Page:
21. ^ Start of the demo "Freedom instead of fear", Berlin, Potsdamer Platz . September 12, 2009 (video; 6 min.).
  22. ^ AK stock: A total of 25,000 demonstrate in Berlin . September 13, 2009.
  23. punch in the face . In: Spiegel Online , September 13, 2009.
  24. Videos from the incident at FSA 2009 on the CCC website .
  25. The Police President in Berlin: Demonstration against data retention - balance sheet of the police ( Memento from September 28, 2009 in the Internet Archive ). September 13, 2009 ( alternative source ).
  26. Berlin police officers have names or numbers on their chests . In: Berliner Morgenpost, September 16, 2009.
  27. The events of 9/12 and its consequences Lecture by Andy Müller-Maguhn (MP4; 955 MB), cf. Min. 44 ff.
  28. Ralf Schönball: Violence during demo: Investigations against cyclists stopped . In: Tagesspiegel. July 14, 2010.
  29. Fine for police brutality on data protection demonstration . In: heise online .
  30. Police blows into the office . In: taz , November 9, 2012.
  31. See of September 10, 2011: Review of the “Freedom instead of Fear” demo , viewed on September 12, 2011.
  32. See Freedom Instead of Fear: Program Schedule ( Memento from May 21, 2013 in the Internet Archive ) , viewed on September 12, 2011.
  33. Stefan Krempl, Martin Holland: Freedom instead of fear: anti-surveillance protest moves to Brussels. Heise online , August 14, 2012, accessed on September 8, 2013 .
  34. Freedom Not Fear 2012. Working group on data storage , September 24, 2012, accessed on September 8, 2013 (English).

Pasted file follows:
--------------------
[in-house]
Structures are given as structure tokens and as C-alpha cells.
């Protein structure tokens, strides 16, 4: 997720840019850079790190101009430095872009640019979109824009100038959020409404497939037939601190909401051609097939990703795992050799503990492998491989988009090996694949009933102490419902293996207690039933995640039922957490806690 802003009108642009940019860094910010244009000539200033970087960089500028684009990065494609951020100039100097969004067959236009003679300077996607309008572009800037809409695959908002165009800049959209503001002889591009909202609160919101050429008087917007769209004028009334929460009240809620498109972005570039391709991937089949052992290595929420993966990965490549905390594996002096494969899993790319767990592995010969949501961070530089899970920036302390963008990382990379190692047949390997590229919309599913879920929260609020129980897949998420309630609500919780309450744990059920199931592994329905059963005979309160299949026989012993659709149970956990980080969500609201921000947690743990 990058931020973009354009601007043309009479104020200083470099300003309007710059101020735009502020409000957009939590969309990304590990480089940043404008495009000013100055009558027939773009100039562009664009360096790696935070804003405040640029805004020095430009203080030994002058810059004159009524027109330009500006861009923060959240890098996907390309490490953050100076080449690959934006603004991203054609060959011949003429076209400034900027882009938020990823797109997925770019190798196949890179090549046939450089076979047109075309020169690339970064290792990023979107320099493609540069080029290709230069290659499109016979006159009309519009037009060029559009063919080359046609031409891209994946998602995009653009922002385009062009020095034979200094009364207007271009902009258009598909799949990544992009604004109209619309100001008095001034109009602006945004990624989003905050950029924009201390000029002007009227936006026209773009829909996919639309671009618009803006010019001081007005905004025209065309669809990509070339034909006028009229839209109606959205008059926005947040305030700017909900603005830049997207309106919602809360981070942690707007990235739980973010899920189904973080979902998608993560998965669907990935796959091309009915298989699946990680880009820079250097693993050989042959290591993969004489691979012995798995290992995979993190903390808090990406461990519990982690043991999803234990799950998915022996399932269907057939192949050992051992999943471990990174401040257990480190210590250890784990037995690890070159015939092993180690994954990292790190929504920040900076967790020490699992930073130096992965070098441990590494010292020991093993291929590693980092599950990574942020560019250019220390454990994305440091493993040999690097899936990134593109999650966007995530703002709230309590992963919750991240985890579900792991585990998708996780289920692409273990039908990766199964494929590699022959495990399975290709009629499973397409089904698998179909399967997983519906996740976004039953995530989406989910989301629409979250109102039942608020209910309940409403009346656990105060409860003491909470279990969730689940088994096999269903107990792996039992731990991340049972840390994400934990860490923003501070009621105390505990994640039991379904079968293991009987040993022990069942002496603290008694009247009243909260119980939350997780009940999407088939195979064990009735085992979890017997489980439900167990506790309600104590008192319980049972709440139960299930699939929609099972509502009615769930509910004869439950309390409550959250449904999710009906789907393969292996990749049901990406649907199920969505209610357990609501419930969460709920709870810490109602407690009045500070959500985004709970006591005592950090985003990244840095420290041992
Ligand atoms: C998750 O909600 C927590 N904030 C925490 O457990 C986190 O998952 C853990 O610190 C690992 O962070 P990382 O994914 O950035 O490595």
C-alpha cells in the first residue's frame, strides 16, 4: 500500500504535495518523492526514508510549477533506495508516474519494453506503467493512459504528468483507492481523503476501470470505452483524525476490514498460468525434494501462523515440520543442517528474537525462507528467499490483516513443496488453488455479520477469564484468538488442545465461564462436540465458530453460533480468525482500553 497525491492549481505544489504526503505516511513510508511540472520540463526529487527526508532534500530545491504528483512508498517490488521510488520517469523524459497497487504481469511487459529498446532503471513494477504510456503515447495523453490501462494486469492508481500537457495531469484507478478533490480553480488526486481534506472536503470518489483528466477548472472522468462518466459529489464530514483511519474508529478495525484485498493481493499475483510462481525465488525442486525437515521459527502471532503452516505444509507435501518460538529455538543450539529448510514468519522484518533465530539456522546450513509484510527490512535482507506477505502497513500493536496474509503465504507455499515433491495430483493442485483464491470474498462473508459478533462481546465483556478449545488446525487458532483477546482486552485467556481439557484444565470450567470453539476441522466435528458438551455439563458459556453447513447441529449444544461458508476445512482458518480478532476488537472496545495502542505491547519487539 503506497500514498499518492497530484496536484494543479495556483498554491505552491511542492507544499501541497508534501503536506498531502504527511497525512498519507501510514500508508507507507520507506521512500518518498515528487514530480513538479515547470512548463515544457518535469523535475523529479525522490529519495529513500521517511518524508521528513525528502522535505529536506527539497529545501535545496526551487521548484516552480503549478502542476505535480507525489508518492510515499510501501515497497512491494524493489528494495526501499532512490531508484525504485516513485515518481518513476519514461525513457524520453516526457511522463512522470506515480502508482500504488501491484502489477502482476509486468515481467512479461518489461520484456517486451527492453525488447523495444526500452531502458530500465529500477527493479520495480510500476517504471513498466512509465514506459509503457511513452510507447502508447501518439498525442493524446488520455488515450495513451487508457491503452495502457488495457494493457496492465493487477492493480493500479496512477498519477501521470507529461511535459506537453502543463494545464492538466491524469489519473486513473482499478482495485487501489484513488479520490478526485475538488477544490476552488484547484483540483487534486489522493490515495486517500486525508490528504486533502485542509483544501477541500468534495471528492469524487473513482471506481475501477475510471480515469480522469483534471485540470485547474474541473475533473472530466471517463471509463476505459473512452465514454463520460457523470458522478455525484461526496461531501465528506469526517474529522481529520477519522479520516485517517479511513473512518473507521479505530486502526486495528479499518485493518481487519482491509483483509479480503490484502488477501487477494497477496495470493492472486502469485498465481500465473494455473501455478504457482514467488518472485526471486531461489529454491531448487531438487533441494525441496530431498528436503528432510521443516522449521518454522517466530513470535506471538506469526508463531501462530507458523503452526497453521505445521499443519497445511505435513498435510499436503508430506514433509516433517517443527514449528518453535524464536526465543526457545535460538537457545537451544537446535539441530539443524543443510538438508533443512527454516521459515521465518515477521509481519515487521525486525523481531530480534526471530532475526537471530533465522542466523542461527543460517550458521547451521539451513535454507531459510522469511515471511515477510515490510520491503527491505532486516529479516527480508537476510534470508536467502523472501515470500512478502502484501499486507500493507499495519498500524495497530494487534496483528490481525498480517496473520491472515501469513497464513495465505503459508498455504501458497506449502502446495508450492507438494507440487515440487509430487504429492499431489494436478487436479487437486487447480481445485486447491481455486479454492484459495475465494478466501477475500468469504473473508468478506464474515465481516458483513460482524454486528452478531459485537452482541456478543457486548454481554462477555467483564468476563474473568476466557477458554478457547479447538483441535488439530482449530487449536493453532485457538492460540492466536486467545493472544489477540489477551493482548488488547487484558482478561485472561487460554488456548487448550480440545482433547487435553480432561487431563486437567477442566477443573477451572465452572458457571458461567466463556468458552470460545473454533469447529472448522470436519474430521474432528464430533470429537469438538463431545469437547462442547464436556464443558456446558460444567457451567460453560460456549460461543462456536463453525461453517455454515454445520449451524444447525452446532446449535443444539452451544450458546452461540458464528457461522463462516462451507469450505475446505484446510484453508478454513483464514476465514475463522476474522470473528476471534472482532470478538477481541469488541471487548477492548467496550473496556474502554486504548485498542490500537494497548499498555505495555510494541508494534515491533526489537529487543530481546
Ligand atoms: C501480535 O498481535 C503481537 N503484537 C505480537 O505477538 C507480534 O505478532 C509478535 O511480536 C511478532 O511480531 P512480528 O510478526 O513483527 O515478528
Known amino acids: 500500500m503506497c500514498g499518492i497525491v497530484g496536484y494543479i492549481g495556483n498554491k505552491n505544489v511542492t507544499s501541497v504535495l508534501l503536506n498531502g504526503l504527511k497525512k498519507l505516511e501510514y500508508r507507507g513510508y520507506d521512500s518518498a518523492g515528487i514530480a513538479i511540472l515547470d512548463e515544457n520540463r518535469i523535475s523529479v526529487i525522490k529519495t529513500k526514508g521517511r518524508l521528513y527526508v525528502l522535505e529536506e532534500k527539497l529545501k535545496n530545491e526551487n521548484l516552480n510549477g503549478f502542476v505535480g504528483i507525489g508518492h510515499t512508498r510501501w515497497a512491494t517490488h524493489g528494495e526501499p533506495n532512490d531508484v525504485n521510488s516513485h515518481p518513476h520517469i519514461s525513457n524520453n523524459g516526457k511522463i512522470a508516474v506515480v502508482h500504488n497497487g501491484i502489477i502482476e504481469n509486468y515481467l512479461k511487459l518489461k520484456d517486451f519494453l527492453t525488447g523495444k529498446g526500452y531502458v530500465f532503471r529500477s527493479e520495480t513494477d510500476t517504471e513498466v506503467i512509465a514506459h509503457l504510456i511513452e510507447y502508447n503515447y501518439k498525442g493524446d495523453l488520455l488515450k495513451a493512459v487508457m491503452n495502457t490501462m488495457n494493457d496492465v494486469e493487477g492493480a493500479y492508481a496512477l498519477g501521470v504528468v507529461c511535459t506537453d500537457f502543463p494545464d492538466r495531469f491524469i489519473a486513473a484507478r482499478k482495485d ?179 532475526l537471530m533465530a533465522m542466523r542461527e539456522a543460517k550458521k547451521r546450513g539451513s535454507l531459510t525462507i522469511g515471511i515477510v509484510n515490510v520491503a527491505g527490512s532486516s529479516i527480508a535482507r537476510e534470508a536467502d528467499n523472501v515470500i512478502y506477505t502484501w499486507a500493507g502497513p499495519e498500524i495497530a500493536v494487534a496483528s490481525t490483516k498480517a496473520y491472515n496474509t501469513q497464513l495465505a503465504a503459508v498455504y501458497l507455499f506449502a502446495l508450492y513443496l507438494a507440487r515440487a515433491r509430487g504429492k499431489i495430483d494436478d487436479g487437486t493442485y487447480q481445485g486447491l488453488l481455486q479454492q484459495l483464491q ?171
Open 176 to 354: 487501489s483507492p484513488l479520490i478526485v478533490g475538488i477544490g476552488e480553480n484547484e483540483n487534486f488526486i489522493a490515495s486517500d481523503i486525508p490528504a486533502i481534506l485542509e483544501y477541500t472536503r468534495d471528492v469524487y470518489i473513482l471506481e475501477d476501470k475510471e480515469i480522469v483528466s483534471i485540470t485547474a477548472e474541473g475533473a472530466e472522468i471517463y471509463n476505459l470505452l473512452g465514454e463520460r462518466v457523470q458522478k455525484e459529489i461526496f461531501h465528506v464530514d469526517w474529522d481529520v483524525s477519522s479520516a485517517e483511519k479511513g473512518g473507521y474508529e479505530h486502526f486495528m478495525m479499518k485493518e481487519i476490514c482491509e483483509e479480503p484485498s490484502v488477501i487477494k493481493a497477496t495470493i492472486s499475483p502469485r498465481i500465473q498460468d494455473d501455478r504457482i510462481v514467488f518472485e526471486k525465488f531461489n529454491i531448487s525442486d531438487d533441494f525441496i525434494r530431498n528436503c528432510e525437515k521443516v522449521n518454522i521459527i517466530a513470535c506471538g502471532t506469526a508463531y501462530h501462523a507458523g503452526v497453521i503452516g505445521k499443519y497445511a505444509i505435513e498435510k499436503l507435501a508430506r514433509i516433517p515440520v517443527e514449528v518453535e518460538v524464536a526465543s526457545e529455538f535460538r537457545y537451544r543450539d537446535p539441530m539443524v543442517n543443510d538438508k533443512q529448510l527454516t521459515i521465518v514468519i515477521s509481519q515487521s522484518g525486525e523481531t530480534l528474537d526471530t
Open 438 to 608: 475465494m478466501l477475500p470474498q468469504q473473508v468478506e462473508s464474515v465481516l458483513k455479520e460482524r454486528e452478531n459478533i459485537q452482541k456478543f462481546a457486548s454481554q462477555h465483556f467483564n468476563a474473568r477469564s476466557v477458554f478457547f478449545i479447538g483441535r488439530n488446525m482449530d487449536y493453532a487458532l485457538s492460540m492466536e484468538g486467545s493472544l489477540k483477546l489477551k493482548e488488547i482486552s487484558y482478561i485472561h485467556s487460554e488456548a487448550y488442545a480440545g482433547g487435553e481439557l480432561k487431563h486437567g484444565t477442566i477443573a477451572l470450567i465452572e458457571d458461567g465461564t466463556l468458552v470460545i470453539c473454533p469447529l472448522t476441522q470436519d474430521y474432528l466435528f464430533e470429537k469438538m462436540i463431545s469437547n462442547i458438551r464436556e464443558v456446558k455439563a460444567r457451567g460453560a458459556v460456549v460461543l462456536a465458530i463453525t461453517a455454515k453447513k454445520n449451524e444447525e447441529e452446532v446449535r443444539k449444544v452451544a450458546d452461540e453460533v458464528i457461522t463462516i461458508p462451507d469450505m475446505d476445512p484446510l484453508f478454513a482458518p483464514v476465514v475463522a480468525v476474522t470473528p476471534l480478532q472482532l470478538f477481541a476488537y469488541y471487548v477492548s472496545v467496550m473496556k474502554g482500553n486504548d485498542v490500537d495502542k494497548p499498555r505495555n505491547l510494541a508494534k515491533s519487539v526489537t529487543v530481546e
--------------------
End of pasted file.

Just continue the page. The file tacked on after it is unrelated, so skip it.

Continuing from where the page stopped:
35. Freedom Not Fear 2012 ended with broad international participation. Data Retention Working Group , September 18, 2012, accessed on September 8, 2013 .
  36. Annual Report 2012 - What did we do? Digital courage , June 17, 2013, archived from the original on August 27, 2013 ; Retrieved on September 8, 2013 (section “Data protection in Europe - Freedom not Fear in Brussels”).
  37. ^ NSA protest in Berlin: Freedom under the aluminum hat , Spiegel-Online of September 7, 2013
  38. Demo "Freedom instead of fear" in Berlin anger against private data octopuses ( Memento from August 31, 2014 in the Internet Archive ) , Tagesschau from August 30, 2014
  39. Detlef Borchers : Freedom instead of fear: We are getting more and more. Heise online , April 18, 2015, accessed on April 19, 2015 .
  40. "The State Scares Me" Largest demonstration against "surveillance madness" in 20 years Neues Deutschland from 2008
  42. Pink block
  43. Press release of the Chaos Computer Club
  44. German-language version of the multilingual FSFE press release
  45. a b Demonstration call 2008 with demands and list of supporters
  46. Participating websites of the online demo
  47. Cooperation for Peace, Participants ( Memento from August 26, 2017 in the Internet Archive )
  48. Alliance partner 2013 ( Memento from September 6, 2013 in the Internet Archive )
  50. radio. ( Memento from September 27, 2008 in the Internet Archive )
  51. ^ Radio 1984 ( Memento from October 9, 2008 in the Internet Archive )
  52. FsA 2008: Streaming
  53. Freedom Instead of Fear Vodcast